Cato has now joined the Pacific Legal Foundation on a brief supporting KCPA’s request that the U.S. Supreme Court hear the case. Our brief notes that “this case combines the nationally important commercial speech issue with the equally nationally important question of the extent to which the Constitution tolerates occupational licensing.” We explain the difficulties that the Court’s “commercial speech doctrine” has caused and argue for a movement toward greater protection for collective and commercial speech, and away from a confusing four-part test established in a 1980 case called Central Hudson.

As in Locke, this latest case raises the question of whether occupational licensing schemes that have an effect on speech are constitutional. Also as in Locke, an infinite array of professionals and ordinary people could get caught up in this regulation, including even a friend helping another friend find an apartment.

Beyond the technical legal points, the case implicates broader policy issues such as the right to earn a living and the impact that speech monopolies have on consumers. Indeed, the consumer impact may be even more apparent here than in other occupational licensing cases because so many people struggle to find affordable apartments and other rentals in this economy — not to mention over the course of their lives.

The Supreme Court will decide early in the new year whether to hear Kansas City Premier Apartments v. Missouri Real Estate Commission.

Senate Postal Reform Bill Needs a New Title

The USPS is supposed to operate like a business by relying on the revenues from the sale of postal products to cover costs. Congress makes that harder by imposing various obligations and stifling attempts to reduce costs. Add in a weak economy, the growth in alternative forms of communication, and a predominantly unionized workforce that has secured excessive compensation and privileges and the result is a financial mess.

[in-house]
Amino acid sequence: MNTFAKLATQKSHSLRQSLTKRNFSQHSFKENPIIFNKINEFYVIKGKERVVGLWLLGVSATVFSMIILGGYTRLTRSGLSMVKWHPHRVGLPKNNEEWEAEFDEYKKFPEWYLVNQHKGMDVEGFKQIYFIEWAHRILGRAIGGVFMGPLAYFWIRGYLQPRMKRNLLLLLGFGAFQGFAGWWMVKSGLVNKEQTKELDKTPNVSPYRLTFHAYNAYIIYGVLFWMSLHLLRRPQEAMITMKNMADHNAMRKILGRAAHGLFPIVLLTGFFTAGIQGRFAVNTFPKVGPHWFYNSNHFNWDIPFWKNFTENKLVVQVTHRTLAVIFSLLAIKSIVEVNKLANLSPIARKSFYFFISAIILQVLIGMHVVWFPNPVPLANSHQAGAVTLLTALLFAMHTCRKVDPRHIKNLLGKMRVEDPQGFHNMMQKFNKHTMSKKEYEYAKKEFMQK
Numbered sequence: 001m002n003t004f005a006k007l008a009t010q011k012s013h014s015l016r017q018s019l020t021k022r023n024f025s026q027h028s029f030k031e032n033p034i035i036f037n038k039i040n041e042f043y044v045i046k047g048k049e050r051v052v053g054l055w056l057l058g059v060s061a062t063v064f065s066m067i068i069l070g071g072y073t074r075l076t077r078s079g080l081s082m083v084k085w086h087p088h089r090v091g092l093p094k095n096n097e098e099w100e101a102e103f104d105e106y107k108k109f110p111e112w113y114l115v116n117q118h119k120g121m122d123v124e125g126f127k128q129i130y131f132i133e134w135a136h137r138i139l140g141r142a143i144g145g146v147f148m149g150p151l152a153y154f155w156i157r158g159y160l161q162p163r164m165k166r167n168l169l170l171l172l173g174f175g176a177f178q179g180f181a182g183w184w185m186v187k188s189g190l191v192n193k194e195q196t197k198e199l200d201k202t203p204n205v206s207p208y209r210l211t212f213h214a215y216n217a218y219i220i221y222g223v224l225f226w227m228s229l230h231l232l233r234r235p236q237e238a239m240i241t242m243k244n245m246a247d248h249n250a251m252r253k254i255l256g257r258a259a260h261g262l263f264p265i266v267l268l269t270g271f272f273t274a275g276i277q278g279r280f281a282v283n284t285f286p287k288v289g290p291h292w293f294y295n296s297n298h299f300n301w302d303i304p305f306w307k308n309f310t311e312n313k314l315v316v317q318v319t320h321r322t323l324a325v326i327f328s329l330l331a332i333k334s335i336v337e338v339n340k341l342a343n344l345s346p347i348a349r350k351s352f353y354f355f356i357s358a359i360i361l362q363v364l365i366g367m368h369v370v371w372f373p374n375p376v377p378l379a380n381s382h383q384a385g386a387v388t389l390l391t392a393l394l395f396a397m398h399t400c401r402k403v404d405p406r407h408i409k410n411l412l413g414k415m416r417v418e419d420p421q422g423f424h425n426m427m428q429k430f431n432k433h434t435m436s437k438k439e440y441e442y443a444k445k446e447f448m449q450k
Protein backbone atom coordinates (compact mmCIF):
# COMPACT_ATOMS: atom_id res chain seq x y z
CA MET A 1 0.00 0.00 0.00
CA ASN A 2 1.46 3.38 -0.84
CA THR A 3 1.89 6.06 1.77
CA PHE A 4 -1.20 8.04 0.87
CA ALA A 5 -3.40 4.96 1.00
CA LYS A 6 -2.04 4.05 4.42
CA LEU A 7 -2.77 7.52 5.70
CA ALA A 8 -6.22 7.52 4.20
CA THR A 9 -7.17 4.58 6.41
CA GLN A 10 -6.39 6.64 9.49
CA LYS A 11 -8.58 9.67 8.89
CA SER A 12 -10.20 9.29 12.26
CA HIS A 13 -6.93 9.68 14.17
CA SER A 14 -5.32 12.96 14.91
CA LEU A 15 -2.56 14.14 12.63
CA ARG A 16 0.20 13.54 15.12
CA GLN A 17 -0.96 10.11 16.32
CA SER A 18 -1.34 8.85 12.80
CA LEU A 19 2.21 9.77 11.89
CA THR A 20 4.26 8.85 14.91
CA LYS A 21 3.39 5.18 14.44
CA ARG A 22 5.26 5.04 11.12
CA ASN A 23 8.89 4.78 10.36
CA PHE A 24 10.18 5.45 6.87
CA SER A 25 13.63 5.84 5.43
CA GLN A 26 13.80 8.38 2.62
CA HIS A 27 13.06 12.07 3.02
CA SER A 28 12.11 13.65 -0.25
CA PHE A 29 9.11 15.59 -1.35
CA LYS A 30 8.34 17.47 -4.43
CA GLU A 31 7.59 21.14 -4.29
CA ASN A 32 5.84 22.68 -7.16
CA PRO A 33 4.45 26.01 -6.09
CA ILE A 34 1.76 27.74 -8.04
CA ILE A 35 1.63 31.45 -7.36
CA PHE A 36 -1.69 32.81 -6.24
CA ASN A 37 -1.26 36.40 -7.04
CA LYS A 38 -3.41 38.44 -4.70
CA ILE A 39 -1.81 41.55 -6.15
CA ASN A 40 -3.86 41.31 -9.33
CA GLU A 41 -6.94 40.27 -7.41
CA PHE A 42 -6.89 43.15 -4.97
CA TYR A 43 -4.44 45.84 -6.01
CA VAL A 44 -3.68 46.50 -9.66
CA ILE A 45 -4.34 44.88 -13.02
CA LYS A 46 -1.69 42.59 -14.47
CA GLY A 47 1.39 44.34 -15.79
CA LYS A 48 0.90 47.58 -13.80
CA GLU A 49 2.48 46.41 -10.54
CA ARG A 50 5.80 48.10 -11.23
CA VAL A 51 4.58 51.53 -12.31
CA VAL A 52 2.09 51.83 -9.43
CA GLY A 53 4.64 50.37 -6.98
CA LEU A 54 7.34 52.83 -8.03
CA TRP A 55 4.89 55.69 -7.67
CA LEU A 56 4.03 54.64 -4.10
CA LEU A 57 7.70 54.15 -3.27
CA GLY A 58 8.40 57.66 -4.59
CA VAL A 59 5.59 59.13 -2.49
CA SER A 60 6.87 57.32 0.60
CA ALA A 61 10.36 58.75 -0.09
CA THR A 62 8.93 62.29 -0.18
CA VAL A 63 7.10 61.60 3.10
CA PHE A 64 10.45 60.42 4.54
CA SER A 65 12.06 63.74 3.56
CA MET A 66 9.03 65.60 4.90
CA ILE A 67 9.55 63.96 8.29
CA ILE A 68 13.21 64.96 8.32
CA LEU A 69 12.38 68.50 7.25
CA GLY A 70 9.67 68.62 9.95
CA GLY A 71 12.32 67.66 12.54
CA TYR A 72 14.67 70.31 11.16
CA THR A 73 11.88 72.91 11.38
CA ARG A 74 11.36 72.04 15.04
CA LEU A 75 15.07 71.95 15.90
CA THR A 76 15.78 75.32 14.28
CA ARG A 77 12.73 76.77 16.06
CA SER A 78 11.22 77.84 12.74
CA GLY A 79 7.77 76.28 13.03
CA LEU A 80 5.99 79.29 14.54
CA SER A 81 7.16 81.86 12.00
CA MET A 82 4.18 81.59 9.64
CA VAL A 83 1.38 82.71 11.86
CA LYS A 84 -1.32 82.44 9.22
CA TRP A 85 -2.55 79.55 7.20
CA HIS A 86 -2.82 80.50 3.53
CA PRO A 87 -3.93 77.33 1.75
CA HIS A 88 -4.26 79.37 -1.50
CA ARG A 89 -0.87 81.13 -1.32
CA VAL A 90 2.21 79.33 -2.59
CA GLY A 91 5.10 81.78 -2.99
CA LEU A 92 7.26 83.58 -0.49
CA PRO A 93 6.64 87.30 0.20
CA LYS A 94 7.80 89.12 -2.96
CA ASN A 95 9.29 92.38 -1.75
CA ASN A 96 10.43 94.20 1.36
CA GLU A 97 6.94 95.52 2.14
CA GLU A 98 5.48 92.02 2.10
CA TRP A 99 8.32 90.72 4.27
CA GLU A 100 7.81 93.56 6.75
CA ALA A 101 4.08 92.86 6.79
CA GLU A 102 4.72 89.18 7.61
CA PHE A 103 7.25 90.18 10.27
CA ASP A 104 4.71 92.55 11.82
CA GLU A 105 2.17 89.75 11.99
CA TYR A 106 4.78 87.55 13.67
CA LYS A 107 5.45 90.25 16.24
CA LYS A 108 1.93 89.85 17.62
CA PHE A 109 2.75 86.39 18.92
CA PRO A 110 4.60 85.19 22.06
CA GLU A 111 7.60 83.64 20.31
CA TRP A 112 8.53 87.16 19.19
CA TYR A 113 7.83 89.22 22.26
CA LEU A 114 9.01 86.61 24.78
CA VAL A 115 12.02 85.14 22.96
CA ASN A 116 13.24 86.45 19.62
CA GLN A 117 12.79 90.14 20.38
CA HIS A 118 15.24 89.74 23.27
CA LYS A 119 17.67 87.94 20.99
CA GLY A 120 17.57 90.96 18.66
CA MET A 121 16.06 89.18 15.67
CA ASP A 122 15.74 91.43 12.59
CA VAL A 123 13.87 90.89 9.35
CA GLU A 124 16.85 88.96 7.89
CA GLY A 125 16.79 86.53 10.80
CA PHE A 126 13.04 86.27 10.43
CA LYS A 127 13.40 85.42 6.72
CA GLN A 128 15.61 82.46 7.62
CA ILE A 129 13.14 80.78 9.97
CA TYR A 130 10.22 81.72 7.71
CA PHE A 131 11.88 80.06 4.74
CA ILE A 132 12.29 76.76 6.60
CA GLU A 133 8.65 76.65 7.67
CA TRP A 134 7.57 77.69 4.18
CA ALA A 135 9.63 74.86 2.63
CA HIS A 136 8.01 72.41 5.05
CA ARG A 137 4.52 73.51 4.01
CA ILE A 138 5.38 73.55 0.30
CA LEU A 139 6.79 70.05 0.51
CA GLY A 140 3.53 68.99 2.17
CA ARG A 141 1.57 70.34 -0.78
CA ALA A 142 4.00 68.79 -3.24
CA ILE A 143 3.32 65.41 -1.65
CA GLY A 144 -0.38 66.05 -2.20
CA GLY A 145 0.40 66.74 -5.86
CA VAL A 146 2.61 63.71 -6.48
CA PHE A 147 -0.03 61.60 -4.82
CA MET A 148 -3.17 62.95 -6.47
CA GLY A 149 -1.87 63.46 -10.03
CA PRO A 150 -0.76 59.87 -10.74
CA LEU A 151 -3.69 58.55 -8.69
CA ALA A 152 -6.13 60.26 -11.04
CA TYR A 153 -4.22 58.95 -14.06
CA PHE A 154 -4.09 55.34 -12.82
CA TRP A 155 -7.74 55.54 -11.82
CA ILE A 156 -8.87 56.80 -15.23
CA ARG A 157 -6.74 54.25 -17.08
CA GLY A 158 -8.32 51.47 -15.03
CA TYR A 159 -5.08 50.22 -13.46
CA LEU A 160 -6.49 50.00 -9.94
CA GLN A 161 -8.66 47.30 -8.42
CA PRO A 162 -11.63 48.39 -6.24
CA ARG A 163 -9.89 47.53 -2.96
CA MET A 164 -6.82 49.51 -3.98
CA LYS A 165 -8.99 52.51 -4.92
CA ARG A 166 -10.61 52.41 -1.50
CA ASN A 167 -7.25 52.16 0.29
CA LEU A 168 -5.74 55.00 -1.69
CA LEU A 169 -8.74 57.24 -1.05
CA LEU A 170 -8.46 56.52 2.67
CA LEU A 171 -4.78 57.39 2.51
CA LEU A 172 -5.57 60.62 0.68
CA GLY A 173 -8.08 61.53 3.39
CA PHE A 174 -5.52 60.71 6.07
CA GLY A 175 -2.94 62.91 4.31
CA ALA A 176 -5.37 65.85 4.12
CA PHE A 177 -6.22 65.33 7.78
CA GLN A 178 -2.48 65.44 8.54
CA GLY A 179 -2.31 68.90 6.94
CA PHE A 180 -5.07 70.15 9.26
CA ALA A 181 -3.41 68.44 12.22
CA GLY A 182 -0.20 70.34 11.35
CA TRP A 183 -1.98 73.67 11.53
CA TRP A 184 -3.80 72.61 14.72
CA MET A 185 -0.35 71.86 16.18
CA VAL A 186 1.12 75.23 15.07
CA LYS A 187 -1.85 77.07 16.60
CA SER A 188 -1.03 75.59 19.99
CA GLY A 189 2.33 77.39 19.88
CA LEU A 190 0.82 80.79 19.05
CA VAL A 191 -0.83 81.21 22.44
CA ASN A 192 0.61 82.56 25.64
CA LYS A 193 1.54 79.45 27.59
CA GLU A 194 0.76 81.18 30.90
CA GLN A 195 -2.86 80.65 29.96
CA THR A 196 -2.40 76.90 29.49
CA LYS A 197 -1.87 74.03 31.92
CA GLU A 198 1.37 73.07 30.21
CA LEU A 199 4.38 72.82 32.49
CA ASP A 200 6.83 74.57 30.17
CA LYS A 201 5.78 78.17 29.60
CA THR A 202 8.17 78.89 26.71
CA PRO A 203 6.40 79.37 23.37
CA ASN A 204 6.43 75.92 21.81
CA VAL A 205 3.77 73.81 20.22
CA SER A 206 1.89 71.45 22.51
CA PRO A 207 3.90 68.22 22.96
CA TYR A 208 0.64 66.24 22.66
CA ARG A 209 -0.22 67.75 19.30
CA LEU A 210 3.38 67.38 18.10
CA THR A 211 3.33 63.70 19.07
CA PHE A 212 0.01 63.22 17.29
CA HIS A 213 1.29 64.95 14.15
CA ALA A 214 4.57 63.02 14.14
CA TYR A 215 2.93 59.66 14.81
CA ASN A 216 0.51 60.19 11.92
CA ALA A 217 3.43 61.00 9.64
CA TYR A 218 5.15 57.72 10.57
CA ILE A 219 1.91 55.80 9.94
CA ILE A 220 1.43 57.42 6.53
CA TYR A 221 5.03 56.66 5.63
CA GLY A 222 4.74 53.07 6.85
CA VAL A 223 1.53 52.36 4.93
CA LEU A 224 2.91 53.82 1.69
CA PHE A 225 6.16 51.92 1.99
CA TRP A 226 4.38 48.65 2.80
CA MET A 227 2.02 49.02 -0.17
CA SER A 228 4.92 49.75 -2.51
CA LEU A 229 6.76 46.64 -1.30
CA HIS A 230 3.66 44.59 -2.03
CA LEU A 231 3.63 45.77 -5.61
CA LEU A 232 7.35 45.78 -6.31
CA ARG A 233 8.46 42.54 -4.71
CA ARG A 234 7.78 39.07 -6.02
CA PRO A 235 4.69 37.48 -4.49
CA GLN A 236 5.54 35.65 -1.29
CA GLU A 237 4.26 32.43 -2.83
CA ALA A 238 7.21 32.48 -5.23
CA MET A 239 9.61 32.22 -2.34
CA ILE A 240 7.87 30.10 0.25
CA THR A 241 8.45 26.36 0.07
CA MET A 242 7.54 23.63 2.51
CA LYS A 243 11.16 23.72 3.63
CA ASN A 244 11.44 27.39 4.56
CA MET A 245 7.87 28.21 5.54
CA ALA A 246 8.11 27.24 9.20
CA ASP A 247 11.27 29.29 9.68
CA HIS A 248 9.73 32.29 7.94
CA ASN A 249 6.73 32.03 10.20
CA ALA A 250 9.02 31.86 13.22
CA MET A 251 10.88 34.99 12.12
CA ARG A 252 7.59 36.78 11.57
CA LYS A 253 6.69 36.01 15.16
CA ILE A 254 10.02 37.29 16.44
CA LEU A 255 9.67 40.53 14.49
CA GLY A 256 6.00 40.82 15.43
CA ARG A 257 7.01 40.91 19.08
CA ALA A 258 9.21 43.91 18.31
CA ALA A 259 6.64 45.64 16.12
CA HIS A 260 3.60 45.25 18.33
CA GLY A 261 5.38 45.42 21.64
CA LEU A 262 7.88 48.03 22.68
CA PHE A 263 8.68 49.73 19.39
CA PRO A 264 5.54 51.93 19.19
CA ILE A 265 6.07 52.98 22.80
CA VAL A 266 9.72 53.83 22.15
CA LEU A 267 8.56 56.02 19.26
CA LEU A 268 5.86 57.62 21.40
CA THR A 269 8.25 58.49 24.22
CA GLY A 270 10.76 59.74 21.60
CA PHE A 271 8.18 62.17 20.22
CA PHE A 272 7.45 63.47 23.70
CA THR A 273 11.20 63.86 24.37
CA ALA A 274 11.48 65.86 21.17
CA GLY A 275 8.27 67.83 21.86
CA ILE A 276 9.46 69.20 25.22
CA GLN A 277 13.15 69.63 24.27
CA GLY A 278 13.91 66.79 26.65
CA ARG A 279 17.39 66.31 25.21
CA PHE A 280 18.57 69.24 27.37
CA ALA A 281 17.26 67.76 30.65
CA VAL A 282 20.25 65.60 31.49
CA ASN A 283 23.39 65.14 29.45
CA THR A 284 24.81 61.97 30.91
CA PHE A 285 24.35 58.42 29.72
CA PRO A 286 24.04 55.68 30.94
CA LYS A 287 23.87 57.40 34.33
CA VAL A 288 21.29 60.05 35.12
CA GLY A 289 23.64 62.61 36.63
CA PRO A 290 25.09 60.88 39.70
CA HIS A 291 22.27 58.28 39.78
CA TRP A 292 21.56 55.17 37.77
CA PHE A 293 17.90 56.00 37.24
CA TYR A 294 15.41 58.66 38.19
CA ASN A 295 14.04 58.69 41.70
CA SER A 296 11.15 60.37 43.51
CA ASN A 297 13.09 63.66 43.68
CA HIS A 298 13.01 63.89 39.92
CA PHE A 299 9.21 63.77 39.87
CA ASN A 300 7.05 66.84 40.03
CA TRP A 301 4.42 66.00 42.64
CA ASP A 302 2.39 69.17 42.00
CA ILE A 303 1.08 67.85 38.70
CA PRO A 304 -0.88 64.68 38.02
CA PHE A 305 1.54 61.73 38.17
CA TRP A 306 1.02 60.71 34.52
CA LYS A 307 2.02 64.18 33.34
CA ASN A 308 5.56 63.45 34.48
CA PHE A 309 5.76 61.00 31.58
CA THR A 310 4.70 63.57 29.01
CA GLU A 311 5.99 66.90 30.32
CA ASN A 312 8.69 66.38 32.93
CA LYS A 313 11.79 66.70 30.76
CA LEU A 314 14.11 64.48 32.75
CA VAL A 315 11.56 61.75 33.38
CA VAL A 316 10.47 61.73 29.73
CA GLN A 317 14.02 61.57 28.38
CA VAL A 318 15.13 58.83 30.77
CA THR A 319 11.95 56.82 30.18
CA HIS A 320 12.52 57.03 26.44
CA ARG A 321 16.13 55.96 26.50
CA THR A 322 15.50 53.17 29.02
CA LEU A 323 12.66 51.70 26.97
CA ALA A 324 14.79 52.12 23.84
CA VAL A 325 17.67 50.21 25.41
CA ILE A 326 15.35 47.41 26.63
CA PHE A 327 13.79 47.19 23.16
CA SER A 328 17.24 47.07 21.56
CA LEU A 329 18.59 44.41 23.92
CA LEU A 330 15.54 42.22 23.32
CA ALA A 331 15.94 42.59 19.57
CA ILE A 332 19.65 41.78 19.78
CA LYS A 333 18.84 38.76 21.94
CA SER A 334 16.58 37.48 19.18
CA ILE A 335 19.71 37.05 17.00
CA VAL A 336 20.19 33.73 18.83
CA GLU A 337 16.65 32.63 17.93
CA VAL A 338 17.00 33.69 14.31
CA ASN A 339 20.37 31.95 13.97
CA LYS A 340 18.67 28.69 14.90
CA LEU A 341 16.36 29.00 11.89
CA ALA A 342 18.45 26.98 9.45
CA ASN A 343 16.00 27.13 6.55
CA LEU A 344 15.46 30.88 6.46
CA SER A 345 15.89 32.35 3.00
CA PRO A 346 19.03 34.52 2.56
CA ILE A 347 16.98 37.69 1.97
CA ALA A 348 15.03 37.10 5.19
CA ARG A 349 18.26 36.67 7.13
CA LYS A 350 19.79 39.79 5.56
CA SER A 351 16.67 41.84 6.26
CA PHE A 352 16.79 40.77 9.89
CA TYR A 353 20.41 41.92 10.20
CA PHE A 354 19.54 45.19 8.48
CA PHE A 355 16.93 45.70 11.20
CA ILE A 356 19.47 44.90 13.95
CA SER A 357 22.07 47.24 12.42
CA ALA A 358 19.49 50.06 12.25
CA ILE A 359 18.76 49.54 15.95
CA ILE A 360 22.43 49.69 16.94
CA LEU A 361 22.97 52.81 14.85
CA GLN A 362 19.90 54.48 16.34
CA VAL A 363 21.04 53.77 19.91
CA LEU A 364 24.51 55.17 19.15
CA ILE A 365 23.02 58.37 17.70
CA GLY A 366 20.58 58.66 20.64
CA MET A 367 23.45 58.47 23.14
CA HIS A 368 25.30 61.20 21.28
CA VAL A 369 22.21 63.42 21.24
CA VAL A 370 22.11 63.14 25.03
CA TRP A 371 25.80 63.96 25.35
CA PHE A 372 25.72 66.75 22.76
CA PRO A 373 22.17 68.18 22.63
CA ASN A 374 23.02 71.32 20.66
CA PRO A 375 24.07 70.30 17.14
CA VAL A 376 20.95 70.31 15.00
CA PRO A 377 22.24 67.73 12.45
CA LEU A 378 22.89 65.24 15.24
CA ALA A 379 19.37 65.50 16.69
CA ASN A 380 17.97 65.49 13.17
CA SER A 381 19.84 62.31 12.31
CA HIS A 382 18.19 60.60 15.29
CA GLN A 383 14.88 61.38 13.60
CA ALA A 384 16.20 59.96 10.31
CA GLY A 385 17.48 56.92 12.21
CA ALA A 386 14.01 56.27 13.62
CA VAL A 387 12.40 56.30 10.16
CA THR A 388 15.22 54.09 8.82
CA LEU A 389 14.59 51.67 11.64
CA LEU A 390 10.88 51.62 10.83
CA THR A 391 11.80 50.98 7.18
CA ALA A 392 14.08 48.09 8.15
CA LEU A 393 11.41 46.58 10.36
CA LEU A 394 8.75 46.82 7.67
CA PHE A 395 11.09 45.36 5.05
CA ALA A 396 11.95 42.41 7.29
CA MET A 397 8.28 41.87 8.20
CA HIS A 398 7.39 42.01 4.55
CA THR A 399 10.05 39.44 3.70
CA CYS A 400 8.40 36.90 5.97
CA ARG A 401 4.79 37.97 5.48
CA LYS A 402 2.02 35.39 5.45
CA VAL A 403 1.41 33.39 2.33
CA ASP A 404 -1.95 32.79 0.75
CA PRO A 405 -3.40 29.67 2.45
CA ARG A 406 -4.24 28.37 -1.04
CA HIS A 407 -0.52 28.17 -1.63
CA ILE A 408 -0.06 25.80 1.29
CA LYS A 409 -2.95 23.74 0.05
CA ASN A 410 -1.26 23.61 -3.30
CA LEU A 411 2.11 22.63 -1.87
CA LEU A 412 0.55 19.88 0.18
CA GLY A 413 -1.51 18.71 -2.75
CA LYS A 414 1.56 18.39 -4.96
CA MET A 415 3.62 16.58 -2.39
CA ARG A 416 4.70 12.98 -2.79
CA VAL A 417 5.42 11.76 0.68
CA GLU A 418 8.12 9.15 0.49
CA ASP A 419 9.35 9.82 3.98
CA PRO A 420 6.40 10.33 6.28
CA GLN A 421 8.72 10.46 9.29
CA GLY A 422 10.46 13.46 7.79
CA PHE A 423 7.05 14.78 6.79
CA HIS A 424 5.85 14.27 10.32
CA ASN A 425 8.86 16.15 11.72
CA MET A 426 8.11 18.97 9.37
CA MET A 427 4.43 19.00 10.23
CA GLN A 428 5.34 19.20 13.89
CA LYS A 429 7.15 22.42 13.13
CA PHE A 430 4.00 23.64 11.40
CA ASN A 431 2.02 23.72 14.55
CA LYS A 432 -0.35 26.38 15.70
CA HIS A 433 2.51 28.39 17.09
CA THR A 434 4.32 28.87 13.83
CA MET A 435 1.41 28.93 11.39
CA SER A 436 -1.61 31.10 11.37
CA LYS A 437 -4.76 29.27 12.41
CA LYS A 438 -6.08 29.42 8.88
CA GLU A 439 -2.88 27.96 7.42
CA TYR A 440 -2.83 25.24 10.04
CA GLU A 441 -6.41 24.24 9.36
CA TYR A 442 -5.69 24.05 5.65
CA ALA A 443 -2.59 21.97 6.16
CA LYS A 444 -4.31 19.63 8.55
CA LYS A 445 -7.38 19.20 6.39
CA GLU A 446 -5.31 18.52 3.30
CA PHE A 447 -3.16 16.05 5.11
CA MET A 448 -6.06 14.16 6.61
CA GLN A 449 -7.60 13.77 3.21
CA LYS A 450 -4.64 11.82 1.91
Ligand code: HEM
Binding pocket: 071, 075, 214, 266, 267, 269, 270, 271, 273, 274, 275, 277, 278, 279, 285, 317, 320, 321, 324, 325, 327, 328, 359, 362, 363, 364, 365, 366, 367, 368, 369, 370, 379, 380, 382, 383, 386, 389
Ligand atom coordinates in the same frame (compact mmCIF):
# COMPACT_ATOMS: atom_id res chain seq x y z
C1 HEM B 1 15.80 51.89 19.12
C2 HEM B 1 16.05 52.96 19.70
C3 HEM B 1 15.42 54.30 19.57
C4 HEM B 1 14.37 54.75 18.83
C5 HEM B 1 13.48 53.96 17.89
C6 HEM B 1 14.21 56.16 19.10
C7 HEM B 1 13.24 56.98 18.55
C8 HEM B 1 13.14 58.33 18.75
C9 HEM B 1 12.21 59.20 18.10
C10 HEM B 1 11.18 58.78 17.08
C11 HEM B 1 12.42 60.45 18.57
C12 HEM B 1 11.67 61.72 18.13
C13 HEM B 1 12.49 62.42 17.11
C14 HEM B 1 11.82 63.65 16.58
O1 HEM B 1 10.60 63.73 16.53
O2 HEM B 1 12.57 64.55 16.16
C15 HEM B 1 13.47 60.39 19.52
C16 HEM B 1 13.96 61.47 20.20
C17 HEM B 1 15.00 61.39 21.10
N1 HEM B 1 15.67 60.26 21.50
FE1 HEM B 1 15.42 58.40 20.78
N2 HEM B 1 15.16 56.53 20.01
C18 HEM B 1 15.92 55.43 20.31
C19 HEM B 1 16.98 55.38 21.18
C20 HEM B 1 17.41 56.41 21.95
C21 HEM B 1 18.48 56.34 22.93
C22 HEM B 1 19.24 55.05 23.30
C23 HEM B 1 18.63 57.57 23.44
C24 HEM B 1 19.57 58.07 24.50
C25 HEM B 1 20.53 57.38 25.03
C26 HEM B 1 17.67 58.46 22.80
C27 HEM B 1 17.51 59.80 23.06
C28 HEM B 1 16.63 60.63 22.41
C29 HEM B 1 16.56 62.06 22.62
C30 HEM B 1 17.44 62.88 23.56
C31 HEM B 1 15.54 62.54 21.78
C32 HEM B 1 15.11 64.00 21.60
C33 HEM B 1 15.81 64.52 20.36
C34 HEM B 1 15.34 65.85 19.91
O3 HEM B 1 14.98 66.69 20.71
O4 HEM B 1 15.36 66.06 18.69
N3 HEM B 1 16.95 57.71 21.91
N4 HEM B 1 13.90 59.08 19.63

The Senate will soon consider a postal reform bill that is supposed to save the USPS: “The 21st Century Postal Service Act of 2011.” That’s a mighty peculiar title considering that the legislation would keep the U.S. Postal Service stuck in the 20th century. It’s also an overly-confident title as there’s zero chance that the legislation would enable the USPS to “flourish” into the 21st century as Sen. Joe Lieberman (I-CT) claims.

I’m not going to go through all of the bill’s particulars (interested readers can view the committee’s summary here). The bottom line is that the bill does nothing to alleviate the USPS from the burden of congressional micromanagement. For example, one provision prevents the mere possibility of eliminating Saturday service for two more years. Talk about kicking the can down the road. For those who are perplexed by our enlightened leaders’ inability to reach a deal on deficit reduction, consider what this provision implies about their ability to oversee the government’s mail operation.

In the long term, either the USPS is going to be privatized or it’s going to go back to relying on taxpayer subsidies. Fortunately, a taxpayer bailout is off the table for now. However, taxpayers might not be so lucky the next time Congress steps in to “fix” a mess that is largely of its own doing. In fact, the continuing failure to think outside the box, which the Senate bill is a perfect example of, only increases the likelihood of government mail going on the dole.

See this Cato essay for more the U.S. Postal Service and privatization.